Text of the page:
Mark Prisk: Developers are not the only ones who do not engage with local people. In fact, the whole way in which we consult on planning is out of date and is regarded with some scepticism by many members of the public. May I urge the Secretary of State to tackle that—not least by putting in proper resources and extending the scope of neighbourhood planning, as his Minister referred to earlier?
Mark Prisk: The point I was trying to make in Committee was simply that, yes, this is a substantial investment—many billions—but, equally, if we get this right, it is a huge investment in trades and crafts right across the country. My only problem with the audit notion is that it is post decision making. If we are to make sure that there is a reasonable sharing of the procurement process, the policy...
Mark Prisk: I draw the House’s attention to my entry in the Register of Members’ Financial Interests—namely, that I am a director of Stanfords, a travel and cartography business, and, with my sister, a joint owner of a small commercial high street property. It is a pleasure to follow the Chair of our Select Committee, the hon. Member for Sheffield South East (Mr Betts), who gave a good synopsis of...
Mark Prisk: What recent assessment his Department has made of the value of global free trade to developing countries.
Mark Prisk: I thank the Secretary of State for his answer. However, the risk of protectionism is growing and that threatens both free trade and the millions of jobs in developing countries that come with it. May I therefore urge the Secretary of State and his colleagues actively to oppose protectionism, particularly at the WTO and indeed when expressed in this Chamber, so that we can ensure that more of...
Mark Prisk: Three quarters of our economy is in services, yet over 90% of service firms export nothing. What more can be done to change this underlying culture and systemic issue, so that the majority of service firms export?
Mark Prisk: Three years ago the Mayor of London clearly promised to build 14,000 more low-cost homes every single year, but he has never touched that target. What has gone wrong and what needs to change?
Mark Prisk: UK Export Finance does some excellent work, but some of its funding capacity goes unused. What can be done to change that to raise British exports?
Mark Prisk: One of the main findings of the recent Select Committee inquiry into town centres was that strong local civic leadership is crucial. Given that, may I ask the Minister to ensure that, when judging future bids to the fund, strong local leadership is a key criterion?
Mark Prisk: I hope the Minister will take away my right hon. Friend’s point that healthcare in Harlow is important, certainly to the people of Harlow and Essex, but also to people in Hertfordshire. People in Bishop’s Stortford, Sawbridgeworth, Hertford and Ware are all looking for this investment, and we hope the Minister will listen carefully.
Mark Prisk: I am grateful to my right hon. Friend for giving way to me a second time. Does he agree that the issue, and the reason we need long-term funding, is that both our constituencies face significant pressures for additional housing? Simply coping with what we have now is difficult enough. We need long-term funding to provide healthcare to the new communities that will be built.
Mark Prisk: Homelessness is rising, and that is why we need action to stop it reaching the peak levels that we saw under the last Labour Government. What progress is being made to ensure that all councils—not some, but all councils —are taking the preventive approach envisaged in the Homelessness Reduction Act 2017?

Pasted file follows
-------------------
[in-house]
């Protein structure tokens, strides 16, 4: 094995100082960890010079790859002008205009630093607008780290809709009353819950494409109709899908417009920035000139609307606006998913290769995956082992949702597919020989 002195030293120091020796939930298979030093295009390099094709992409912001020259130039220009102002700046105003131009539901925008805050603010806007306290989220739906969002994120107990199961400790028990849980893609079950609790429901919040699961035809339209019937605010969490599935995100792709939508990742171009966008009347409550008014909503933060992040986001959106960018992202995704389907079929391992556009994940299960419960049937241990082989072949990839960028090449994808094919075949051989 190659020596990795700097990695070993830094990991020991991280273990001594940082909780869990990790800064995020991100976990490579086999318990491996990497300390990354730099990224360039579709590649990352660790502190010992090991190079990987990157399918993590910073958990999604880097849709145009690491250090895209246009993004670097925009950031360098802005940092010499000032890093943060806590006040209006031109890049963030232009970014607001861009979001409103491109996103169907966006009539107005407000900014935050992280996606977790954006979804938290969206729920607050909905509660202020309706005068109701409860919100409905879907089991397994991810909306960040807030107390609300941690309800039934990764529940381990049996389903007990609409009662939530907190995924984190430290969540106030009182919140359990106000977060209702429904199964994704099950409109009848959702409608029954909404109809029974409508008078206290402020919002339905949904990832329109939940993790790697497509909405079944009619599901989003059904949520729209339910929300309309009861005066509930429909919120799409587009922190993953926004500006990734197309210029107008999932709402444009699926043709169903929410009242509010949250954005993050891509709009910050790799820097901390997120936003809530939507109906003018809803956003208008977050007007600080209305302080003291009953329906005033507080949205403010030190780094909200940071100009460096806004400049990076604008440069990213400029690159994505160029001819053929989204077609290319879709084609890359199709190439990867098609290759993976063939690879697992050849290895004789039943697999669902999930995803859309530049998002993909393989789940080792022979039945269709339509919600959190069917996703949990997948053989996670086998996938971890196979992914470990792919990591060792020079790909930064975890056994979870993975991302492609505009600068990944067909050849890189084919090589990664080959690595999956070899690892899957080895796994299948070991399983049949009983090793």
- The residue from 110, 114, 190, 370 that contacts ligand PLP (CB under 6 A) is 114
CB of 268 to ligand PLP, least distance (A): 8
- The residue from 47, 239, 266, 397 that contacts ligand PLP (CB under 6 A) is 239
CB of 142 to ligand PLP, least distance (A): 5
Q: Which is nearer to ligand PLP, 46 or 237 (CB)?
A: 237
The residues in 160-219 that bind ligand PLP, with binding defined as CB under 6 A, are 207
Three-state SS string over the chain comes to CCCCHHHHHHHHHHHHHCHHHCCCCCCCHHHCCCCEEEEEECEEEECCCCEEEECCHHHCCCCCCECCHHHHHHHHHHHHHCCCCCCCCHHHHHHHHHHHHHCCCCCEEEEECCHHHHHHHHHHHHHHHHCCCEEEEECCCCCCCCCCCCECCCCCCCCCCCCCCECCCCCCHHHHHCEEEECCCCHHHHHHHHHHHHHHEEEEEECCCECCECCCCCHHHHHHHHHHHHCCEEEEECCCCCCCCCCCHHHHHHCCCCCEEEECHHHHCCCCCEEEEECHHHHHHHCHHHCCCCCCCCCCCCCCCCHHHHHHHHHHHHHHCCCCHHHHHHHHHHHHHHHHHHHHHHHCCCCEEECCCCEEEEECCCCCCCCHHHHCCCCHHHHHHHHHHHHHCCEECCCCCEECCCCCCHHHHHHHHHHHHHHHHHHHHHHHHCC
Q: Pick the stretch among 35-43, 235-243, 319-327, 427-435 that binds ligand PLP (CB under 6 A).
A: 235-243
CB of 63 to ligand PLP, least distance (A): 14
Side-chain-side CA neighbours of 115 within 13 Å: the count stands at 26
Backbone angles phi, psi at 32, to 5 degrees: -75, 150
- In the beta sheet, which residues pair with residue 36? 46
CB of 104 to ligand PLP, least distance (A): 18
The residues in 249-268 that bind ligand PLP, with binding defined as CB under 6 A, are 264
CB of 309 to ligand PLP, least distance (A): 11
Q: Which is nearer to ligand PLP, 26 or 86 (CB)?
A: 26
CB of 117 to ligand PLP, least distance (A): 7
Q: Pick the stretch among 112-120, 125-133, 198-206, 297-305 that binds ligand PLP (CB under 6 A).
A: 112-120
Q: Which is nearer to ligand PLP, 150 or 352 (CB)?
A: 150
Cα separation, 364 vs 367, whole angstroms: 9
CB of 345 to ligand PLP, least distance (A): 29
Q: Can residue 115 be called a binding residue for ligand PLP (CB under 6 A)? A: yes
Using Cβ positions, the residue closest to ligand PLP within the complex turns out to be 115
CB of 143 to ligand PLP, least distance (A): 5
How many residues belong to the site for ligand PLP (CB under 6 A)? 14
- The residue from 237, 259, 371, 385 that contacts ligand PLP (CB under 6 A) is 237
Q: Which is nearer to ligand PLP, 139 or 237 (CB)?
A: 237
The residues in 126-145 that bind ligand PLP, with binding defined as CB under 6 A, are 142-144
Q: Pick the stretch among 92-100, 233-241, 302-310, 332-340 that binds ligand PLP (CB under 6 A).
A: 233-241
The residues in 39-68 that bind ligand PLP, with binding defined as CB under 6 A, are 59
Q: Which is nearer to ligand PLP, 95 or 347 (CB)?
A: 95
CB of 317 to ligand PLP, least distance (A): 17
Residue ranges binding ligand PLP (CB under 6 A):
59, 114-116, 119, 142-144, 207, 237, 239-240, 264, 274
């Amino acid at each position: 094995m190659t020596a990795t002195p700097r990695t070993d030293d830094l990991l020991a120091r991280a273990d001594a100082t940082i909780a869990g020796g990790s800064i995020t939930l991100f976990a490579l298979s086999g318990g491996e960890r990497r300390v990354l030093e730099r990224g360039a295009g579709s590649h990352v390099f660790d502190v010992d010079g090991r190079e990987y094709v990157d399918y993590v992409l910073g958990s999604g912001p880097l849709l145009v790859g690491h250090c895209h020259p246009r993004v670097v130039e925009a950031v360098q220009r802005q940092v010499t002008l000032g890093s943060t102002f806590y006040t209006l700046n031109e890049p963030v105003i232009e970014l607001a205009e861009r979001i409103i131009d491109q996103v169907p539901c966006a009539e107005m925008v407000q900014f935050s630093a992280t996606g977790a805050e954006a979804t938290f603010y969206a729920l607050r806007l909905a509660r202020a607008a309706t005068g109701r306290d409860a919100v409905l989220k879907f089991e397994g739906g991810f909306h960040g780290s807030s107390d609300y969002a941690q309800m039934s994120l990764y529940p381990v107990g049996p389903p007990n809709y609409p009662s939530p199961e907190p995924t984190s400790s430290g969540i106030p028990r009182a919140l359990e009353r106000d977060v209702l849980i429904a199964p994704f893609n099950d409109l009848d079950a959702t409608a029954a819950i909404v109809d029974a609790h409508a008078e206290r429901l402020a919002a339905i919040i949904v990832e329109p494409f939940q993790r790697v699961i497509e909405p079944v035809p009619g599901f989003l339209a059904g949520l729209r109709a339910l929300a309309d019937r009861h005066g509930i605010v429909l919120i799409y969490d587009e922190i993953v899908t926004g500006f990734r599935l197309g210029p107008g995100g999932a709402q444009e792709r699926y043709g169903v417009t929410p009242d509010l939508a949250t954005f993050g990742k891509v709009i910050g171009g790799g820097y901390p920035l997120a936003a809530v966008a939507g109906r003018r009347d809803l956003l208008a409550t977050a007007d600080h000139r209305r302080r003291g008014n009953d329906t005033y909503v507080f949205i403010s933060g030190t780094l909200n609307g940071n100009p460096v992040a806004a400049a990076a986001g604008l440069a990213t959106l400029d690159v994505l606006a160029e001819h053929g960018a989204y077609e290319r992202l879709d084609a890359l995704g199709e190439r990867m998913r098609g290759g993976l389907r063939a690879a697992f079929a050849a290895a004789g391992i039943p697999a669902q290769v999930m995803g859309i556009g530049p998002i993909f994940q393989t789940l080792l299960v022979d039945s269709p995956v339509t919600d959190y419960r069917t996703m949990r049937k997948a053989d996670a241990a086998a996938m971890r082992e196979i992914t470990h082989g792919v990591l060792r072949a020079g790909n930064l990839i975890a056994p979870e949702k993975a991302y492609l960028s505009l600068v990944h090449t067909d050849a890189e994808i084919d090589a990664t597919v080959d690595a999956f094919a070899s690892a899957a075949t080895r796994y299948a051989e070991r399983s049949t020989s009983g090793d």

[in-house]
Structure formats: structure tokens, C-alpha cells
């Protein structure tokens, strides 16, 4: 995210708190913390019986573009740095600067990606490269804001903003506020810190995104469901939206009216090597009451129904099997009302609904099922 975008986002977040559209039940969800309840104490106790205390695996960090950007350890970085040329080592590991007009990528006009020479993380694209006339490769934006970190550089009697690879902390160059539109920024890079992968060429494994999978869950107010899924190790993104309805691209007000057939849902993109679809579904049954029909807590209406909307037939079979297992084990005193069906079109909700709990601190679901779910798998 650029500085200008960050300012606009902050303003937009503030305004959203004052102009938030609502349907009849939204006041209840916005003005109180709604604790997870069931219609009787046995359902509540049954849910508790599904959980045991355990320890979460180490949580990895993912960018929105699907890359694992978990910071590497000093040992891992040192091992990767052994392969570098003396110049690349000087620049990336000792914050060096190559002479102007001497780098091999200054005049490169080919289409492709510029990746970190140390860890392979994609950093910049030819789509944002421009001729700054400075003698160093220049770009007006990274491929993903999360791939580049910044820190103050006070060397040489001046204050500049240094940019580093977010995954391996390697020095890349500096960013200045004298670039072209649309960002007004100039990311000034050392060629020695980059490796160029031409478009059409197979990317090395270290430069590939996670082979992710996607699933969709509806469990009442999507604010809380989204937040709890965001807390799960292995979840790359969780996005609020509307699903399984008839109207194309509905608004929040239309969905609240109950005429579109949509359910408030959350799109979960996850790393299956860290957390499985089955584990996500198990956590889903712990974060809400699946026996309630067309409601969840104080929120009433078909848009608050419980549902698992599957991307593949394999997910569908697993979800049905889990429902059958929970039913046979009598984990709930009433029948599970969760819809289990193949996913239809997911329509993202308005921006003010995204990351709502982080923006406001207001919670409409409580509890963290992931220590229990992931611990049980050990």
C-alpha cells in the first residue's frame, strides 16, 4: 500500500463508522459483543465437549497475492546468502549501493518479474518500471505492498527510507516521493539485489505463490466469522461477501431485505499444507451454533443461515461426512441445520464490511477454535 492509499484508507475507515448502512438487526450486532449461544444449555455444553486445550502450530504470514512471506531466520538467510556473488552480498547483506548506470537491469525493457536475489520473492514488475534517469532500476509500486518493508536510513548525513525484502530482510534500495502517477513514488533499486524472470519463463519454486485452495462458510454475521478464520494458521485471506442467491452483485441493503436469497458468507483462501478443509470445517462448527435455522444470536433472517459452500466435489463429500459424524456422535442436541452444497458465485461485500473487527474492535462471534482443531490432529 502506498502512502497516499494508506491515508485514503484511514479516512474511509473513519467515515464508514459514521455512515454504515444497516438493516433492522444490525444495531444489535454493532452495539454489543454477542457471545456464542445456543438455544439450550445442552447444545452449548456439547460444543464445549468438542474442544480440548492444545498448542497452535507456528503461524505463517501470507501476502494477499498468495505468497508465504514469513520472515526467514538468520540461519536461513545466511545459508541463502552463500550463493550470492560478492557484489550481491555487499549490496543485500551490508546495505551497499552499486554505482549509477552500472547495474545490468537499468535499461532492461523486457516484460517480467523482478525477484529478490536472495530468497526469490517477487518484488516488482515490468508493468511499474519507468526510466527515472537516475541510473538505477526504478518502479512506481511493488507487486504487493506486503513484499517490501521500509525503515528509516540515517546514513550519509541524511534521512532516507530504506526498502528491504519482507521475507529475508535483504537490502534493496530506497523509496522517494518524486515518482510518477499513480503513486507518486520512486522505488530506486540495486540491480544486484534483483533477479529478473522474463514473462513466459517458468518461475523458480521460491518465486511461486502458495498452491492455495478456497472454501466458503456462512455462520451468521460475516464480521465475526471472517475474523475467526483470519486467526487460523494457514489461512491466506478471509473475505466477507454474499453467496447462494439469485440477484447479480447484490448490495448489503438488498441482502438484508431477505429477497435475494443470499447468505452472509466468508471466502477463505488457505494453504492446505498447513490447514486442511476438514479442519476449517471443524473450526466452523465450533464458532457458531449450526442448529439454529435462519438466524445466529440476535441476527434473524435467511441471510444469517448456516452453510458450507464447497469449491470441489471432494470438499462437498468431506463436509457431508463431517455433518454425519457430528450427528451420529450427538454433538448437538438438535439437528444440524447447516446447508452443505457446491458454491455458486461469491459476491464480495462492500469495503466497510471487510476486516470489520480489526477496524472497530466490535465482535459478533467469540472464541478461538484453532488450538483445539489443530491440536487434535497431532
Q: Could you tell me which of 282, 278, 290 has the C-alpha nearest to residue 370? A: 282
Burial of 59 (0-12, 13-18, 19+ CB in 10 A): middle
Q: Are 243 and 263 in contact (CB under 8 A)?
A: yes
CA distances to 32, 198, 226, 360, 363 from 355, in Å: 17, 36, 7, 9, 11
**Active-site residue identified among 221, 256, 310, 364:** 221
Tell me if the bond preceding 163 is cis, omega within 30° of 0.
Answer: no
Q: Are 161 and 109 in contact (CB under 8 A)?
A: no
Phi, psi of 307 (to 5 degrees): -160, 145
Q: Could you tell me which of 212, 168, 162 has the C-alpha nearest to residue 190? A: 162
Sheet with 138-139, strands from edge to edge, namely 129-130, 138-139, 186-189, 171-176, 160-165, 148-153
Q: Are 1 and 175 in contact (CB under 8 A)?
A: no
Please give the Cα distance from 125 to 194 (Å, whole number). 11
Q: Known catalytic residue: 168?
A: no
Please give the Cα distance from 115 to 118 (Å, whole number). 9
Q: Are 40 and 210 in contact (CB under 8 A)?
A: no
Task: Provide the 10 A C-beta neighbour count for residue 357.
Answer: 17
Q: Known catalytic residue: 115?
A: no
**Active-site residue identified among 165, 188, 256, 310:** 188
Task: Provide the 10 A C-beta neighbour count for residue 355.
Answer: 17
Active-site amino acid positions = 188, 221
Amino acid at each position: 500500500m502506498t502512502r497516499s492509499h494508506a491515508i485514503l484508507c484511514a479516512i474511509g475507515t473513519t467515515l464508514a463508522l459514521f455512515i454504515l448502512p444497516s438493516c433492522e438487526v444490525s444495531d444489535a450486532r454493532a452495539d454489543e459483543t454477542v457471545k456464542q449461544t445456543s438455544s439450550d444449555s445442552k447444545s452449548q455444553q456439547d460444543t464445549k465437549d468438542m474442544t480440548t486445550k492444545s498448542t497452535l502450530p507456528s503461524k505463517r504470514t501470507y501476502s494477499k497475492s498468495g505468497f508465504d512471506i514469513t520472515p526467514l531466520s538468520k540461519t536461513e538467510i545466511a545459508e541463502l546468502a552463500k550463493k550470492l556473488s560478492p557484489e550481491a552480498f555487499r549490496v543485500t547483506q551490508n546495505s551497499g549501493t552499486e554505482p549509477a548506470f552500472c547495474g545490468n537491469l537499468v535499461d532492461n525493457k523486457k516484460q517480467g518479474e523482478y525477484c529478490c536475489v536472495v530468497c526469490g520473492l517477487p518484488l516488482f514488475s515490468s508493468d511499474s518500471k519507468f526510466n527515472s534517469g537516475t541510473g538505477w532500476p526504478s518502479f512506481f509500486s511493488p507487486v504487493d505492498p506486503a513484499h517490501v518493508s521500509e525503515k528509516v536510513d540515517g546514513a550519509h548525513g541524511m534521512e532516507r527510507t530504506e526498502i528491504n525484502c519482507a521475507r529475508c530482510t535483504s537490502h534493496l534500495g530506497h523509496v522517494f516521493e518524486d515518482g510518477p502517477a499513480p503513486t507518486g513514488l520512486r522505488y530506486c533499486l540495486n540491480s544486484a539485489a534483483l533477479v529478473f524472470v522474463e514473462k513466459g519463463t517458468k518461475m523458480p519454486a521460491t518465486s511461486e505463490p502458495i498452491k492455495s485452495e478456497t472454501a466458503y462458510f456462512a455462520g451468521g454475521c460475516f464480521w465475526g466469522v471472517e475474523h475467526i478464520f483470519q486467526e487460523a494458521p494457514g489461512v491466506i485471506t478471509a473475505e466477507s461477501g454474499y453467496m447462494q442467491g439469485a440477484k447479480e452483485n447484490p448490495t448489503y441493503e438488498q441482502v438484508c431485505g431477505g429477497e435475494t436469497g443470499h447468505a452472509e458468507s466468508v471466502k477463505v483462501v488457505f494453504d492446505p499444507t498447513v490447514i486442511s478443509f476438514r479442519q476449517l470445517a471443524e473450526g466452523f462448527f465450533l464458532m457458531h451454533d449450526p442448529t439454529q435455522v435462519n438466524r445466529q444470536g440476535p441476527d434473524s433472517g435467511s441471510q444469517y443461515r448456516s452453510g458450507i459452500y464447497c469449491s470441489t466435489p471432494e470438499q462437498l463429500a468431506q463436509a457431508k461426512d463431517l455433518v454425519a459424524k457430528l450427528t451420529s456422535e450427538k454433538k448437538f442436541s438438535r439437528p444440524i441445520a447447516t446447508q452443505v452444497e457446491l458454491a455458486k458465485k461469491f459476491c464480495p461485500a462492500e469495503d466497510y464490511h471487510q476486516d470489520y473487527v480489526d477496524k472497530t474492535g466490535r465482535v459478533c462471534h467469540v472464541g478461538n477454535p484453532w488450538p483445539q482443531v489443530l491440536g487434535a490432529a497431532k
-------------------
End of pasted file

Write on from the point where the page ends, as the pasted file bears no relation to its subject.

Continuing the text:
Mark Prisk: The Select Committee looked at the Bill in detail in pre-legislative scrutiny. We all signed up to five weeks, including six distinguished Labour Members, including the Chairman, the hon. Member for Sheffield South East (Mr Betts), who knows the subject well. Why does the hon. Lady believe they are wrong?
Mark Prisk: As a member of the Housing, Communities and Local Government Committee, I am delighted that the Government have adopted the recommendation of five weeks. Does my hon. Friend agree that having a three-week cap is a rather peculiar notion? I do not recall a single piece of evidence from any expert citing that cap. Does she agree that the evidence for such an amendment needs to be produced?
Mark Prisk: Give way.
Mark Prisk: Part of the Government’s policy is to enable large urban councils to establish a strategic infrastructure fund of their own, but at present this excludes smaller councils such as mine in East Herts. May I therefore urge the Secretary of State to amend his proposals so that any council with a local plan that is planning to deliver a new settlement is included in that and can establish such...
Mark Prisk: My right hon. Friend spoke about the importance of healing divisions. Many of my constituents are very concerned that a second referendum would make those divisions worse. What does she say to them?
Mark Prisk: The hon. Lady is setting out her party’s views on various issues. A number of people who are good landlords are very anxious about future rents. Would it be Labour party policy in government to cap them or index them?
Mark Prisk: I take it from that that there could be no tenancy shorter than three years.
Mark Prisk: I agree with the hon. Lady about codes of practice, and I am keen to support them. However, I have come to the conclusion that we need to be clear that someone cannot operate in this market unless they have the qualifications. It is rare for me to say something like that. Does she accept that mandating qualifications is actually a stronger move than introducing a code of practice?